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Find a power series in $x$ that has the given sum, and specify the radius of convergence.

$\frac{x^2+1}{x-1}$

$\frac{x^2+1}{x-1}=-(x^2+1)\frac{1}{1-x}$

$=-1-x-2 \sum_{2}^{\infty} x^n$

Now, is the radius of convergence will be changed if I delete the first two terms of the series?

I know that, delete the first 2 terms of the series has no effect on its convergence.

Since I can’t found the form of n-th term of the series with out delete the first two terms.

$lim_{n \to \infty} |\frac{a_{n+1}}{a_n}|= lim_{n \to \infty} |\frac{x^{n+1}}{x^n}|=|x|$.

By the ratio test, the series is convergent if $|x|<1$, so the radius of convergence is $r=1$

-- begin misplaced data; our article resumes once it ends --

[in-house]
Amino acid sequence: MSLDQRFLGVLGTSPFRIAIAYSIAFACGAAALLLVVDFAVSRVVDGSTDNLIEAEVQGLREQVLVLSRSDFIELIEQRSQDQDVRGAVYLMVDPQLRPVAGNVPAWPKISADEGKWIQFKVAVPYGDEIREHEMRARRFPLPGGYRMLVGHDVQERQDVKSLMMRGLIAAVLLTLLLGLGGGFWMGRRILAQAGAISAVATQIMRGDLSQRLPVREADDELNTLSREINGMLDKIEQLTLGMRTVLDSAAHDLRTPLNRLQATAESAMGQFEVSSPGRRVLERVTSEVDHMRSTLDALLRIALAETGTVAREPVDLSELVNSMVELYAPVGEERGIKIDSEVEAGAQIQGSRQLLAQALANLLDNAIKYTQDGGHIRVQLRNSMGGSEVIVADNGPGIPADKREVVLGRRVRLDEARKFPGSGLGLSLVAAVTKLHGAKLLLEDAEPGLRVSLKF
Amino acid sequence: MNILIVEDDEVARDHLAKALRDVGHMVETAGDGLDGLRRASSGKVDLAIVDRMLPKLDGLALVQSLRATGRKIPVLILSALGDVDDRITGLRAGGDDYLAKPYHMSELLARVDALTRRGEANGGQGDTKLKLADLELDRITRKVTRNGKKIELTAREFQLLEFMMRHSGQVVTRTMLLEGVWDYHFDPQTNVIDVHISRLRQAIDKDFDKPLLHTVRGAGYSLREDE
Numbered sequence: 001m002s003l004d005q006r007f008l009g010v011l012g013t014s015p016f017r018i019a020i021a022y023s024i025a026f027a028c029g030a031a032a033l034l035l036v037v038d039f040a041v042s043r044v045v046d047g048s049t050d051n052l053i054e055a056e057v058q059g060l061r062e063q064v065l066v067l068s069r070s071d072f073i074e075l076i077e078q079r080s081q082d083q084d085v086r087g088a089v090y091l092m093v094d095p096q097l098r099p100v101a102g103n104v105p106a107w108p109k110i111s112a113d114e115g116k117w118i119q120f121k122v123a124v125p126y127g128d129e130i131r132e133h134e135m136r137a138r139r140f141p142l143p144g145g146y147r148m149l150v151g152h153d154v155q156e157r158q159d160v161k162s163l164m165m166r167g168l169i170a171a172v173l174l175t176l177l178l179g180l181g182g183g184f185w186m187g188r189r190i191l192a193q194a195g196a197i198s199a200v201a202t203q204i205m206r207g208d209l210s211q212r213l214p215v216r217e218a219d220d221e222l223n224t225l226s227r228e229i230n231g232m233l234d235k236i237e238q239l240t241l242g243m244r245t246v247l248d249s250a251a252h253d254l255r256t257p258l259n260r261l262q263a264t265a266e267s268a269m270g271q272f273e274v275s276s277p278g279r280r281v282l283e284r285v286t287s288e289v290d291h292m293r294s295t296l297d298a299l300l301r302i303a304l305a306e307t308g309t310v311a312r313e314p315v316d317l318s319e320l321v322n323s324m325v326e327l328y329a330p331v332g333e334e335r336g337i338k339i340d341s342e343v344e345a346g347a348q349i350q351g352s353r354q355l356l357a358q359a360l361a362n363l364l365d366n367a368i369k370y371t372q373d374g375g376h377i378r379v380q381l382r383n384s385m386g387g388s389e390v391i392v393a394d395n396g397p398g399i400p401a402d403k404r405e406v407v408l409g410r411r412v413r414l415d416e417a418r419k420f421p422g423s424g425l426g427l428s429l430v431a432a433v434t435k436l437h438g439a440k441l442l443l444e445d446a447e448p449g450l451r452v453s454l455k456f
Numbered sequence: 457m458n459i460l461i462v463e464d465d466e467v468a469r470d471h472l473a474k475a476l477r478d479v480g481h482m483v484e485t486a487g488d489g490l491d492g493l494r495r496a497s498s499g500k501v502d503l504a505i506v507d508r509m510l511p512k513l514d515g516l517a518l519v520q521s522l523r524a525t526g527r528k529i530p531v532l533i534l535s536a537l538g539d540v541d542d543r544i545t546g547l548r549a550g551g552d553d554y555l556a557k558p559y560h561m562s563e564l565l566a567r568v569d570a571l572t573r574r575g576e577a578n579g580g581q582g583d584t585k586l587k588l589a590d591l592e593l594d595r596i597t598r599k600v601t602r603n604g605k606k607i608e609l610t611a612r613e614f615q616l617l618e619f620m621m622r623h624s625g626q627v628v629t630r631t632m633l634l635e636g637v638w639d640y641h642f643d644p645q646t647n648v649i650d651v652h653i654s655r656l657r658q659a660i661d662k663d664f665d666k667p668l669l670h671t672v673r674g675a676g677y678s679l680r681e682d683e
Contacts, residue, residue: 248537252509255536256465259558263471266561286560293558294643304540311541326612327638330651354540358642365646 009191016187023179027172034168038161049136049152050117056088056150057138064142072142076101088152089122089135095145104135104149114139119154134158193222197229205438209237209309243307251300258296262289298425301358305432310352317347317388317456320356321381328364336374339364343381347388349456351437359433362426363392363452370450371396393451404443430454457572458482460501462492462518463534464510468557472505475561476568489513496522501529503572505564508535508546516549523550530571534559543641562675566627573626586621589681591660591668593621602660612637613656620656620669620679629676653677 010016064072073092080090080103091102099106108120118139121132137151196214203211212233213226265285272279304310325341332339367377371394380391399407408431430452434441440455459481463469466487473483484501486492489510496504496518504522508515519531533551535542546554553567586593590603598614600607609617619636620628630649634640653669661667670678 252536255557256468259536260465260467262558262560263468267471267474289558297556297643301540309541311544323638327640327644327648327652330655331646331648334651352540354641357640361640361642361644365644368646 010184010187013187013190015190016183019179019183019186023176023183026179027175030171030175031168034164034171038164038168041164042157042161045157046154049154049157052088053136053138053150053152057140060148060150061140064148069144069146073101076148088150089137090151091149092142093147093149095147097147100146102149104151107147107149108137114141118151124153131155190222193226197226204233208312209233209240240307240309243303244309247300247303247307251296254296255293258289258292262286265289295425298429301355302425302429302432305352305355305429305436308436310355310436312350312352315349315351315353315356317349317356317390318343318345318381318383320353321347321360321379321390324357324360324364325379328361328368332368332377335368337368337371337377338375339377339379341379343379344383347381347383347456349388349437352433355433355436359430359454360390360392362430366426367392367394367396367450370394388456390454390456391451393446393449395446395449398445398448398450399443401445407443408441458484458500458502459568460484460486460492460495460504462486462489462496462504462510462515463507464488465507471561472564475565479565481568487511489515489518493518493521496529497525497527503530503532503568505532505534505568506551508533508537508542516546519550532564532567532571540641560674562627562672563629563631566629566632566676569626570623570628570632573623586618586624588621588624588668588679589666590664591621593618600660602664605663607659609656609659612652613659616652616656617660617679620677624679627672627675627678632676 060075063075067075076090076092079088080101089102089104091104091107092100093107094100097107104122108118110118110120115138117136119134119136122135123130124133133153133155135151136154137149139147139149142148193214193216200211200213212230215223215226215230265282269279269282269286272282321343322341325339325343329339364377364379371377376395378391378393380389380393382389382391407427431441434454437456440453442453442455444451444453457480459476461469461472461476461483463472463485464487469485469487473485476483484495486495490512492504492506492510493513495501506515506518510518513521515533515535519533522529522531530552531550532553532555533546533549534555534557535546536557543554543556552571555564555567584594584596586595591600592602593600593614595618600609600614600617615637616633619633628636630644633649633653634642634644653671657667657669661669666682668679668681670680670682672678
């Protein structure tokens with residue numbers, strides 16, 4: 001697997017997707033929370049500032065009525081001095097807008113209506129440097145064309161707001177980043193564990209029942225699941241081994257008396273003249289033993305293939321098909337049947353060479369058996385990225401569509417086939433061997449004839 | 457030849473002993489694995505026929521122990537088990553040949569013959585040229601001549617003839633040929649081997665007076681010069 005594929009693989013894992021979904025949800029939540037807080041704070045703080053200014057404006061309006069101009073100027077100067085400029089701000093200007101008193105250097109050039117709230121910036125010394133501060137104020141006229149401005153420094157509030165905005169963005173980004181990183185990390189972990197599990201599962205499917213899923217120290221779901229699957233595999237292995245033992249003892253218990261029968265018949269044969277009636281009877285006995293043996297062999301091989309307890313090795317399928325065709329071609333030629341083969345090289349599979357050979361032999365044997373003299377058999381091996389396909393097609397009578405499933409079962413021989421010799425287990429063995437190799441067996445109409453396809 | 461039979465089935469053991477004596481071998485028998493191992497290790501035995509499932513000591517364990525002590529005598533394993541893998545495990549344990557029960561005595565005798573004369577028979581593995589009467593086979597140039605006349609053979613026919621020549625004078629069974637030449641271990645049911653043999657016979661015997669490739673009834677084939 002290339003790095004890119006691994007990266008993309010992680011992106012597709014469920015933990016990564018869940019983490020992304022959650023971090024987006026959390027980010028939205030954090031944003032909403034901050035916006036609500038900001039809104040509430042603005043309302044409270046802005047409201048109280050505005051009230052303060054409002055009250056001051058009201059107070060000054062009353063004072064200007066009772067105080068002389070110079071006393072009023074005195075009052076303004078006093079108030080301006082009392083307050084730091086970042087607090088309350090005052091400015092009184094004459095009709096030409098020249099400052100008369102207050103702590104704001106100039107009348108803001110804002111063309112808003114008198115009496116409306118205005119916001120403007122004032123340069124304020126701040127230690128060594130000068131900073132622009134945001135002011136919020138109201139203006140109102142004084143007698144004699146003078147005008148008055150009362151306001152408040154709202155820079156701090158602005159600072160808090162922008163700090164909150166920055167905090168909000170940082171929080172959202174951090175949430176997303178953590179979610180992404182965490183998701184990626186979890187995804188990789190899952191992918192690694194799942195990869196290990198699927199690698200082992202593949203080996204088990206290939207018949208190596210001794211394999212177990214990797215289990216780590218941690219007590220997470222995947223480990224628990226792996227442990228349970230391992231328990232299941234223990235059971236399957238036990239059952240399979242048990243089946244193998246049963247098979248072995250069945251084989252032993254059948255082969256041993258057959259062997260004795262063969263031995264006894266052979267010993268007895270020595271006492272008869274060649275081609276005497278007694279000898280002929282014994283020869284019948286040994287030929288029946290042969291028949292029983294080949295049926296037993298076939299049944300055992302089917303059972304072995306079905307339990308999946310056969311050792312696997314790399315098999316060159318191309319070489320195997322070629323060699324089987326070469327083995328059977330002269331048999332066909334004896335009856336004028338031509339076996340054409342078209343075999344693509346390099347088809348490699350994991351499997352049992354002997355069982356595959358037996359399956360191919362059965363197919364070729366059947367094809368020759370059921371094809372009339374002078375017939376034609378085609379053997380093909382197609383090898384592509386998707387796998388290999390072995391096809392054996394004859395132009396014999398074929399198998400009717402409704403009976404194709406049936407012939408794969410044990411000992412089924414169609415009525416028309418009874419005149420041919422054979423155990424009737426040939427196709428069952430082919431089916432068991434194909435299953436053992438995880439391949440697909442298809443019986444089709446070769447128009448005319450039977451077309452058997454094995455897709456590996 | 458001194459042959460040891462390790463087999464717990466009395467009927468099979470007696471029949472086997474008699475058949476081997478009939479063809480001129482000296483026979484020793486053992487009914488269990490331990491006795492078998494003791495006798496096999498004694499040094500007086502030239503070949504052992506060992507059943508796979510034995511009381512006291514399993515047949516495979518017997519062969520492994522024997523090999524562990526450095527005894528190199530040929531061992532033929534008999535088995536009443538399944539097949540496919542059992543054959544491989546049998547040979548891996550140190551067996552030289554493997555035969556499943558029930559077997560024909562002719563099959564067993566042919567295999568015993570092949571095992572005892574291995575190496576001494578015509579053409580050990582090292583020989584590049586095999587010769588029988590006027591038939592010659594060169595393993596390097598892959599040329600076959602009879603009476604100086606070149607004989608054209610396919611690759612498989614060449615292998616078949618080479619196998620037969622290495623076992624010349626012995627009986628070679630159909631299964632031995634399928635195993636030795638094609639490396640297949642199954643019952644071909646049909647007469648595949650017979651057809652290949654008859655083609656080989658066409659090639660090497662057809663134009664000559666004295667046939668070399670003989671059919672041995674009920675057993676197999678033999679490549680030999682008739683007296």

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No, deleting the first two terms (or any finite amount of terms, for that matter) will not change the redius of convergence.

By the way, your answer is correct:$$\frac{x^2+1}{x-1}=-1-x-2\sum_{n=2}^\infty x^n.$$The radius of convergence of this power series is $1$.

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  • $\begingroup$ Thank you so much. For the radius of convergence, is that true please? (I edited my question). $\endgroup$ – Dima Oct 31 '18 at 19:38
  • $\begingroup$ Yes, your argument is correct $\endgroup$ – José Carlos Santos Oct 31 '18 at 19:55
  • $\begingroup$ Thank you so much. $\endgroup$ – Dima Oct 31 '18 at 19:58

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